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Is radix sort capable of sorting float data for example 0.5, 0.9, 1.02, etc.?

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I would like to implement radix sorting by reducing its buckets into 0 and 1 only meaning I would convert every input into its binary value and then proceed to radix sort, would this be an option to speed up its sorting or this would make radix sort a little bit slower than before?. Thanks. – BGV Jan 12 '11 at 18:00

Yes, it is possible. It requires an additional pass to correctly handle negative values. The articles by Pierre Terdiman and Michael Herf discuss in detail how to implement it. In short, you convert the float to unsigned integer, sort them, and then convert them back to float (this is required, otherwise the negatives values would be incorrectly sorted after the positive ones).

Their method has the advantage that you do not introduce any error into your data (provided that your processor stores the float in accordance to the IEEE 754 standard).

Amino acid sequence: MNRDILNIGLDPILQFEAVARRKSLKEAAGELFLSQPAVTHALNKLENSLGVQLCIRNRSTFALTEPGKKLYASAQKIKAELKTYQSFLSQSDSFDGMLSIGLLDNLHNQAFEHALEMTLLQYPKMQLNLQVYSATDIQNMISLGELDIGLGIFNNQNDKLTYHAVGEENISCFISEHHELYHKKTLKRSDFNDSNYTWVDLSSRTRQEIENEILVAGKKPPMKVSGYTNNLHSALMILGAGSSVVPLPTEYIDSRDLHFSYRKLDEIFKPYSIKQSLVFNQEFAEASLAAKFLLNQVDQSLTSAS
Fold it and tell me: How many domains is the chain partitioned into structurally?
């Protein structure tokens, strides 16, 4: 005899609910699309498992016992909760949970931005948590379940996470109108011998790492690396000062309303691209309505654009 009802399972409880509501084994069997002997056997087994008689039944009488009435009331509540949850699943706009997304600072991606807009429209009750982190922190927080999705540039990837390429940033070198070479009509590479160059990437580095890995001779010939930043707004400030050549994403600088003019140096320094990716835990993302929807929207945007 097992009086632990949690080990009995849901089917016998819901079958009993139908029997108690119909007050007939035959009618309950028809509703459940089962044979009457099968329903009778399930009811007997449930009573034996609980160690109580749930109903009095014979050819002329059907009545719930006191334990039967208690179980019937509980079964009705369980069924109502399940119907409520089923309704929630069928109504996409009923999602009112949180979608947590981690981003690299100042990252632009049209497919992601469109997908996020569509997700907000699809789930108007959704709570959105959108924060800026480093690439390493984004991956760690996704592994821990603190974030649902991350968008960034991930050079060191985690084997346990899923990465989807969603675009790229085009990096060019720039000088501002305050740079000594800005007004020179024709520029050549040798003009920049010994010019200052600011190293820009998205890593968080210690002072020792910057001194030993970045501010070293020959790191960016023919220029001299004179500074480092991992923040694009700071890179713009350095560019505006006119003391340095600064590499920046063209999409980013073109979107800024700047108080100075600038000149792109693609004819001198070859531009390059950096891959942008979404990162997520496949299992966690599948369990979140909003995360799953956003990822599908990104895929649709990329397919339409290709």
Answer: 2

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+1 for great articles. – David Titarenco Jan 9 '11 at 19:08
Here is another interesting article (… ) comparing radix sort to an SPU parallelized version of merge sort. In summary the merge sort while more complex (the complexity is O(n log n) agains the O(n) of radix sort), can be more easily parallelized and win in the end. – Sylvain Defresne Jan 9 '11 at 19:24

Not out-of-the-box, but you have some options. You can discretize the data, e.g., by multiplying by 100 and rounding (so that you would have, for your example above, 5, 9, and 102). You could also bucketize the data (grouping numbers by ranges, as in 0 < x <= 1, 1 < x <= 2), and then sort within each bucket.

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